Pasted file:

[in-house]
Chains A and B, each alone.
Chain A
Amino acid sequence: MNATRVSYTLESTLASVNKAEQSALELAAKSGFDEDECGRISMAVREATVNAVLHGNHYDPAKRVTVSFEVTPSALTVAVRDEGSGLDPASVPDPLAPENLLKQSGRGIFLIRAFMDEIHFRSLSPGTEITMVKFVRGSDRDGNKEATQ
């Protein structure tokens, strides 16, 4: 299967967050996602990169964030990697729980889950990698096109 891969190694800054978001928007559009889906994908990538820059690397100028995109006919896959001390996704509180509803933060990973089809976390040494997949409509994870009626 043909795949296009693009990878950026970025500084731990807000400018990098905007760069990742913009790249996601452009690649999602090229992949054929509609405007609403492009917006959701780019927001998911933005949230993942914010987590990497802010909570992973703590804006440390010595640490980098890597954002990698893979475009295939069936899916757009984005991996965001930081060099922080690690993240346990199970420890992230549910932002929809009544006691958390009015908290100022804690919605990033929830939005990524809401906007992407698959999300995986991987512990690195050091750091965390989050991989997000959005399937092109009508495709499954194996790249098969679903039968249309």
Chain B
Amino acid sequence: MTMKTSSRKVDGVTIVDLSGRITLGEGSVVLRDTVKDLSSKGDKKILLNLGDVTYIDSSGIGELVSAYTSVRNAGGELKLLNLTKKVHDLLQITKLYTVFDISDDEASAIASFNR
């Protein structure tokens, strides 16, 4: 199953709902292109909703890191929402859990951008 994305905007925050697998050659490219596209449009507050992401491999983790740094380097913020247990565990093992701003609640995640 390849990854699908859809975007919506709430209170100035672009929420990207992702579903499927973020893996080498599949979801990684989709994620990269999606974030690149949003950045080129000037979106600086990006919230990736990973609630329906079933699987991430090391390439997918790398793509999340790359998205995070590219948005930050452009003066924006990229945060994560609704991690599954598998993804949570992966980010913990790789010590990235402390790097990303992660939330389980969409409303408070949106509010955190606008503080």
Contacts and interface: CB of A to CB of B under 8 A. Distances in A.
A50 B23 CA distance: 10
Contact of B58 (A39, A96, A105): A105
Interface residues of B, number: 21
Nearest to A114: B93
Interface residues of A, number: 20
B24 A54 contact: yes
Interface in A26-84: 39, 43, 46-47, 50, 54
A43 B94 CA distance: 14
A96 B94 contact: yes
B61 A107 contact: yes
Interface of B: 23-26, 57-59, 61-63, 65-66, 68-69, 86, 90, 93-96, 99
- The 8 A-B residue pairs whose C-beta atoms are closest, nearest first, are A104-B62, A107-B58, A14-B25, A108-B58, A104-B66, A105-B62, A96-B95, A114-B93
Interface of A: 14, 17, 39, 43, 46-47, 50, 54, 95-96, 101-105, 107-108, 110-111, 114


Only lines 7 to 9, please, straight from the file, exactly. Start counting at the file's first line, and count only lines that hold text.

Amino acid sequence: MTMKTSSRKVDGVTIVDLSGRITLGEGSVVLRDTVKDLSSKGDKKILLNLGDVTYIDSSGIGELVSAYTSVRNAGGELKLLNLTKKVHDLLQITKLYTVFDISDDEASAIASFNR
């Protein structure tokens, strides 16, 4: 199953709902292109909703890191929402859990951008 994305905007925050697998050659490219596209449009507050992401491999983790740094380097913020247990565990093992701003609640995640 390849990854699908859809975007919506709430209170100035672009929420990207992702579903499927973020893996080498599949979801990684989709994620990269999606974030690149949003950045080129000037979106600086990006919230990736990973609630329906079933699987991430090391390439997918790398793509999340790359998205995070590219948005930050452009003066924006990229945060994560609704991690599954598998993804949570992966980010913990790789010590990235402390790097990303992660939330389980969409409303408070949106509010955190606008503080």
Contacts and interface: CB of A to CB of B under 8 A. Distances in A.